• Alps Mummy Bag Liner for $24 ($9 off): Sleeping bag liners slip inside sleeping bags to add warmth. Travelers also bring them when they’re staying in hostels or iffy hotels. The Alps version is inexpensive polyester, but if you want a warmer and more luxurious liner, try the Sea to Summit 100 Silk Liner for $100. Silk is a popular liner material, even for rugged backcountry trips, because of its superior warmth.
  • Eagle Creek Gear Warrior Wheeled Duffel Bag for $125 ($125 off): This hybrid of a rigid suitcase and packable duffel was unique, but impressive enough that it made it onto my list of favorite carry-on travel bags. It’s sized as an international carry-on, so as long as you meet your particular airline’s weight limits, you’re welcome to cram it into an overhead bin or under a seat anywhere in the world.
  • Therm-a-Rest Xlite Max SV Inflatable Sleeping Pad for $129 ($61 off): Inflatable sleeping pads are very compact ways to gain a little comfort and insulation from the cold ground between you and your sleeping bag. A couple of years ago, Therma-a-Rest redesigned the air valve into the Speed Valve, which is—unsurprisingly—quicker to inflate and deflate when you’re in a hurry to make or break camp.
  • ALPS Mountaineering Roamer Chair for $31 ($14 off): If you’re car camping, you may as well bring a few luxuries you wouldn’t ordinarily bring on a backpacking trip. This fold-up camping chair holds 250 pounds, is made of 600-denier polyester fabric and powder-coated steel, and comes with a shoulder strap to free up your hands while carrying it from the trailhead to the campsite.
  • GSI Outdoor Wilderness Backpacker Chair for $48 ($17 off): (Update: sold out) The hideaway backpack straps free up your hands when you’re carrying it to the beach, campsite, concert, or stadium for tailgating. The straps can loosen after a long time of sitting, but it’s a comfortable, though low-to-the-ground, chair.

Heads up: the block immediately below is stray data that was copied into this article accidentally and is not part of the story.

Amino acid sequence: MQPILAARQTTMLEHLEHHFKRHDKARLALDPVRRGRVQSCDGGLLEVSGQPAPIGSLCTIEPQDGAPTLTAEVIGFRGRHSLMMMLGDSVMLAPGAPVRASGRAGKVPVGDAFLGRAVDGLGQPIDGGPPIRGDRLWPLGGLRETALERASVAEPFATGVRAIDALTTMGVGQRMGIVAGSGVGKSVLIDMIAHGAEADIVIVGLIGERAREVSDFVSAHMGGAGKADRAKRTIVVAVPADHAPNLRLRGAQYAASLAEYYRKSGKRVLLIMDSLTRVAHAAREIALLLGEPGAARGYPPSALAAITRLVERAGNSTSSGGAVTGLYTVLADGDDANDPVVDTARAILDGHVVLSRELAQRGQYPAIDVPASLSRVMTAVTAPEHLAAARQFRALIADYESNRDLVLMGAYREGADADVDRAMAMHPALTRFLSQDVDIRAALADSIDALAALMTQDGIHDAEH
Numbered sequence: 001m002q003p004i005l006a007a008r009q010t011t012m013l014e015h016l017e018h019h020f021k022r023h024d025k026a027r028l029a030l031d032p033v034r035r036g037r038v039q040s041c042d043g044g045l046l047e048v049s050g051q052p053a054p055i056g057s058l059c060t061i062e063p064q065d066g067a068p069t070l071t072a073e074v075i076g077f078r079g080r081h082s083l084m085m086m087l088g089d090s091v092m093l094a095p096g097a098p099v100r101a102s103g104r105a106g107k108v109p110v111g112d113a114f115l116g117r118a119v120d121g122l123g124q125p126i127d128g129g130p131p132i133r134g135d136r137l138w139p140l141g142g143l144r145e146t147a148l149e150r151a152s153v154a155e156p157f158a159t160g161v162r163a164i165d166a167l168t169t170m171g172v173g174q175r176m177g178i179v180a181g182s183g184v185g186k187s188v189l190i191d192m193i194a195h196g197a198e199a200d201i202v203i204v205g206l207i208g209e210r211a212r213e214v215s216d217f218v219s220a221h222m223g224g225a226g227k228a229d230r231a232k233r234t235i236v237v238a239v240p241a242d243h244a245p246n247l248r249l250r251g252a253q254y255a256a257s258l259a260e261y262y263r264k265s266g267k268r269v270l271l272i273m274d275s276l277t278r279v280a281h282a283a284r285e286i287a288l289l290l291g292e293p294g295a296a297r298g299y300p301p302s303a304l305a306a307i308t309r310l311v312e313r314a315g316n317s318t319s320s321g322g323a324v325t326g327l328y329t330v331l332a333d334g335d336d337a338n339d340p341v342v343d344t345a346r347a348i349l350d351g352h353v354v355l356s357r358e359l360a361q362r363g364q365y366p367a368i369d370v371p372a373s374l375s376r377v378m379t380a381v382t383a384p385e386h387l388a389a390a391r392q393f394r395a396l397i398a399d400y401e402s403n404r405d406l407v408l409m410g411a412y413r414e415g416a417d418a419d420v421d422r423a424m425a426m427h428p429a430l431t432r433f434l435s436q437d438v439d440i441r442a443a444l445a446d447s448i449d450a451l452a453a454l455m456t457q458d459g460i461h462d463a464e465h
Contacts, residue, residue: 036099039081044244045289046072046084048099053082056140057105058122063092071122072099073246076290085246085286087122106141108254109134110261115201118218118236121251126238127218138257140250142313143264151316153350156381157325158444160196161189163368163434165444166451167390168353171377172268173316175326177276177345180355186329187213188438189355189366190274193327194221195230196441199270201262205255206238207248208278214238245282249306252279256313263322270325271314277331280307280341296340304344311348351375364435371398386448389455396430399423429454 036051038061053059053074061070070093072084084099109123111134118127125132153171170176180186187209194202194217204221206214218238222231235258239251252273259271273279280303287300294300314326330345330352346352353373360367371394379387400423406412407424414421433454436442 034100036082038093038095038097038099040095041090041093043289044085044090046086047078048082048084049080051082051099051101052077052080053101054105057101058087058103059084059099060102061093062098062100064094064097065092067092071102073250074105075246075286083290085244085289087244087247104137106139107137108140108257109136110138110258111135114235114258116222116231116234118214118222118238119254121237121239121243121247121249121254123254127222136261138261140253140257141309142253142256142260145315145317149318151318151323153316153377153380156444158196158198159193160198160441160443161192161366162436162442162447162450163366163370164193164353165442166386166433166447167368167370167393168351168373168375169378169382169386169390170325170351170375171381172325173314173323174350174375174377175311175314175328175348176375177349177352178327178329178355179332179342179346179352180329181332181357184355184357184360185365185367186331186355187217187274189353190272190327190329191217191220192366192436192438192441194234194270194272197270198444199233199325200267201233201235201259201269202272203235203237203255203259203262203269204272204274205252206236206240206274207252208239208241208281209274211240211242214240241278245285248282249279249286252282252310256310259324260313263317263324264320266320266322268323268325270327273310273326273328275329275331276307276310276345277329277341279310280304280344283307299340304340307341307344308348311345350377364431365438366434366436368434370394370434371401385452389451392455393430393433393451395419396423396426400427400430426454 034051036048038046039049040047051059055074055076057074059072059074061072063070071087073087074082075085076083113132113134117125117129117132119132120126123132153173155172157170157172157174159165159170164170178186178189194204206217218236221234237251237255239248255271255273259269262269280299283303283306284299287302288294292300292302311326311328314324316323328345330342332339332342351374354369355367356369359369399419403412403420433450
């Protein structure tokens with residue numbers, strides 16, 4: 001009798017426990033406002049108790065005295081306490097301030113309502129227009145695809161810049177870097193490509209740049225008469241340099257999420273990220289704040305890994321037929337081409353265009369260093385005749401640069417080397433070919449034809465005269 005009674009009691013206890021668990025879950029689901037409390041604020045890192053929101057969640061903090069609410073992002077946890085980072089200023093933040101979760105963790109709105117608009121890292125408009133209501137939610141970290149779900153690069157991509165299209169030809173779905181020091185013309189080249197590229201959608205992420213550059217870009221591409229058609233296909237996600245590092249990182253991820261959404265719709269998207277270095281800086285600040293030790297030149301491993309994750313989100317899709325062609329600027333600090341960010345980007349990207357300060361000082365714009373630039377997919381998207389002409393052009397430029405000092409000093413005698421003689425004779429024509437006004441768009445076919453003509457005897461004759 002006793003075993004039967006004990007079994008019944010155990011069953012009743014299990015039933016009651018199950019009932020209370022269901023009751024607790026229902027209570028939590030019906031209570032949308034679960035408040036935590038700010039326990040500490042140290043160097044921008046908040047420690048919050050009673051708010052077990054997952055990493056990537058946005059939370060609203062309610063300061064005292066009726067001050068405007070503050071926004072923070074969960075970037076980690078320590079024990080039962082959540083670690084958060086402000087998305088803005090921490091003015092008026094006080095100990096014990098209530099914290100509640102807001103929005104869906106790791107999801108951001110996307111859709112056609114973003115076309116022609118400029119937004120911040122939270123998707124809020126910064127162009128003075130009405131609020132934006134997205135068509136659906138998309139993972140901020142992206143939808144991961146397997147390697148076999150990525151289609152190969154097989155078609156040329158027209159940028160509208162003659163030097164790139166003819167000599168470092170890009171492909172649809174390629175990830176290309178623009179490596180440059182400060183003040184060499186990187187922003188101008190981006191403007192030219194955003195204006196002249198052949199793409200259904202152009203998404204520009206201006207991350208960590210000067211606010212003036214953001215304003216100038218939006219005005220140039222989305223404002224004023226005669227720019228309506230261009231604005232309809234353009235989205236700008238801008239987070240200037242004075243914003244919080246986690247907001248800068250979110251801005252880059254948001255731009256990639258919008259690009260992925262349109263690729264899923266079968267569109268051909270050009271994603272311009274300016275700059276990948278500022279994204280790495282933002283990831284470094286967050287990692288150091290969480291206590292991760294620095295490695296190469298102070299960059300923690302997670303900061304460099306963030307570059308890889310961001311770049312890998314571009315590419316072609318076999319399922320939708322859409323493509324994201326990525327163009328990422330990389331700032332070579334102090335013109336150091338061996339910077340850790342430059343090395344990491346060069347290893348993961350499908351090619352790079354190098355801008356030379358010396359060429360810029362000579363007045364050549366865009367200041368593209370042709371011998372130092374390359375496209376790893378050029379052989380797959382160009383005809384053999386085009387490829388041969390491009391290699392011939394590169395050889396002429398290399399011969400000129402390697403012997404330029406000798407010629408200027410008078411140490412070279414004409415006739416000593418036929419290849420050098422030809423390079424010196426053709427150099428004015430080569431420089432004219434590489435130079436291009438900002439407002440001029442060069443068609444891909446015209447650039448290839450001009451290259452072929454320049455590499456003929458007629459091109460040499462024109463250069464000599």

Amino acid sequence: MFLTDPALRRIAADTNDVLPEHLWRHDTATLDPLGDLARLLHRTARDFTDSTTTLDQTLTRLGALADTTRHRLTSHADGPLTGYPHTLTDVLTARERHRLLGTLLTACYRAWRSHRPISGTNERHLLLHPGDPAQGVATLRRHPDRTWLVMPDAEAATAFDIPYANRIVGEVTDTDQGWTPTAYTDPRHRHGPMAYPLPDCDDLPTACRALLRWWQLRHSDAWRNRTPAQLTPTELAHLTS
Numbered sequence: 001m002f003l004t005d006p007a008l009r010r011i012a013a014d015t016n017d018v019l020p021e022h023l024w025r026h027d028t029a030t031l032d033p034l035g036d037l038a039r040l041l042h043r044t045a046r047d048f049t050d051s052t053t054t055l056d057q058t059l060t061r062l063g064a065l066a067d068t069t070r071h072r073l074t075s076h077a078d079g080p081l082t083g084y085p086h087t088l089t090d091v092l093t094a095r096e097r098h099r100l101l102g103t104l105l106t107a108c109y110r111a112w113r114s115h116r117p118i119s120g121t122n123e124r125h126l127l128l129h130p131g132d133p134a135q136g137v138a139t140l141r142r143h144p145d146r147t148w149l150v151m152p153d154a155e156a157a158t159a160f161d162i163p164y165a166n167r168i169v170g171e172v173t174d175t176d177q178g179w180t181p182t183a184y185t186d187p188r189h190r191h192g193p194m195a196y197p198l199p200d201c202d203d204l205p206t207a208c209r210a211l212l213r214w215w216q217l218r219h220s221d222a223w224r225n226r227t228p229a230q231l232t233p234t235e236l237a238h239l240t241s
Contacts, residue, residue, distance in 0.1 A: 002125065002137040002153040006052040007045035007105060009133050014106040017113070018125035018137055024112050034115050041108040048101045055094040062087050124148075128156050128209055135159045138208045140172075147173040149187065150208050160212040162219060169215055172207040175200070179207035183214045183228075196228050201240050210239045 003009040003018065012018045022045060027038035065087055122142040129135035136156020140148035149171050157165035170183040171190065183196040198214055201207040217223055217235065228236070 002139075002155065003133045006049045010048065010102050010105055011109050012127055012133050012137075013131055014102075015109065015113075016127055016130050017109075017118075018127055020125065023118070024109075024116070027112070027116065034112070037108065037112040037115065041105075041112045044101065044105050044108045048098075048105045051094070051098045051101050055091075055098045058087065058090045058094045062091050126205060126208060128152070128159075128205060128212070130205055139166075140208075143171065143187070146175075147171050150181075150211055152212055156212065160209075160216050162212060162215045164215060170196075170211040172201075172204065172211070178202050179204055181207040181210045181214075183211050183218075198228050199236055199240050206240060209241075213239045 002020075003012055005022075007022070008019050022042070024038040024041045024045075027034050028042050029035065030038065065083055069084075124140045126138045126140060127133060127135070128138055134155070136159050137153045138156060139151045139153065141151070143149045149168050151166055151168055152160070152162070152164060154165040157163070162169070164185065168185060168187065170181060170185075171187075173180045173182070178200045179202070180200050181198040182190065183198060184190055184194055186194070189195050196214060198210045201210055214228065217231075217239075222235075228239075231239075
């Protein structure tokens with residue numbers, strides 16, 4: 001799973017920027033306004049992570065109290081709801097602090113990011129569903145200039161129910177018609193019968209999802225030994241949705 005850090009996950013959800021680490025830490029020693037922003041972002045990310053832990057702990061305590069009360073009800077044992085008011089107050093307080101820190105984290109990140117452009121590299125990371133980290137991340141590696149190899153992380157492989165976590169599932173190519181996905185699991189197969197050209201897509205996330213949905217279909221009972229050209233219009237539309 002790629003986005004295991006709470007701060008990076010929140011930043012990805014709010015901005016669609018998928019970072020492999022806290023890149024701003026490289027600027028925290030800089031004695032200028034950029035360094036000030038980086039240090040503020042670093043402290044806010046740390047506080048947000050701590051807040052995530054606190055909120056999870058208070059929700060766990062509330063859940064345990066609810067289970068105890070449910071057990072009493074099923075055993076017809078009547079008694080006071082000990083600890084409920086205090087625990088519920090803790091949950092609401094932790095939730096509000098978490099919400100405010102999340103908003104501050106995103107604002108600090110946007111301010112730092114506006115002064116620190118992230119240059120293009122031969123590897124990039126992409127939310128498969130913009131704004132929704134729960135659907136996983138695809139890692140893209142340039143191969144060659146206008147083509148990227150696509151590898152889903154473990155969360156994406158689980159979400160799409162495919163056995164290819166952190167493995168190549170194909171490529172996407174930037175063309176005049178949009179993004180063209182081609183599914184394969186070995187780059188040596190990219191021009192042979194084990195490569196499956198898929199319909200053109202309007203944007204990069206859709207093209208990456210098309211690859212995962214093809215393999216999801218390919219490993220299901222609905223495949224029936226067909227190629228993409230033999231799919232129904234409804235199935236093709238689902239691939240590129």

• GoPro Hero9 for $400 ($50 off): (Update: discount ended) It shoots in 5K resolution, lets you capture 20-megapixel stills, and you can schedule it to capture sunrises while you sleep. WIRED reviewer Scott Gilbertson rated it a 9/10 in his review.
Essential Outdoor Gear Deals
19 Best Deals From Winter Clearance Sales Outdoor Apparel Backpacks and More

Photograph: Backcountry

Check out our Best Face Masks and Best Biking Accessories for more options.

Clothing Deals
Fjallraven down jacket

Photograph: Moosejaw

Read our Best Rain Jackets and Best Base Layer Tops guides for more.

  • Mountain Hardwear Ghee Hoody for $53 ($22 off): The Ghee Hoody is my favorite all-synthetic base layer. It has flat seams positioned off the top of the shoulder, so backpack straps won’t cause sore spots, and the fit and weight are spot-on. REI doesn’t have the men’s version on sale, but you can get the non-hoody version for $42 ($18 off).
  • Outdoor Research Echo Ubertube Neck Gaiter for $9 ($10 off): For serious outdoor trips, I stopped tying bandanas around my neck years ago in favor of neck gaiters. Basically a tube of polyester fabric, it goes around your neck without any annoying knots. You can pull it up over your mouth or over most of your head, or just leave it loose to prevent sunburn.
  • SmartWool Merino 250 Gloves for $26 ($12 off): These 100-percent merino wool gloves are a little too thick to be used as liners under heavier gloves, but they come with touchscreen-compatible thumb and index fingers so you won’t have to take them off to text or navigate. The sale is only available for the navy blue color.
  • Patagonia Retro Pile Fleece Jacket for $111 ($28 off): Thick, fluffy pile was among the first fleece to hit the market decades ago, but in the ‘90s it began to fade out of popularity. But like everything old, it’s come back into fashion. The women’s version is also on sale.
  • Fjallraven Greenland No. 1 Down Jacket for $350 ($150 off): (Update: no longer discounted) Waxed cotton is heavy, so I wouldn’t pick it over the cutting-edge Patagonia and Arc’Teryx shells for long backcountry trips, but for the city, working in the yard, or day hiking in cold weather, my Greenland jacket is what I reach for. The down insulation adds warmth, and the waxed cotton brushes off rain and snow.
  • Patagonia Nano Puff Hoody for $149 ($100 off): Filled with synthetic insulation, the Nano Puff is an ultra-lightweight belay jacket perfect for wet conditions—that is, temperatures around freezing and up—as synthetic insulation dries out more quickly than goose down. It also packs up very small. Size up to fit it over your mid-layer insulation and shell jackets. The sale is only available for the blue color. The women’s version is on sale for the same price.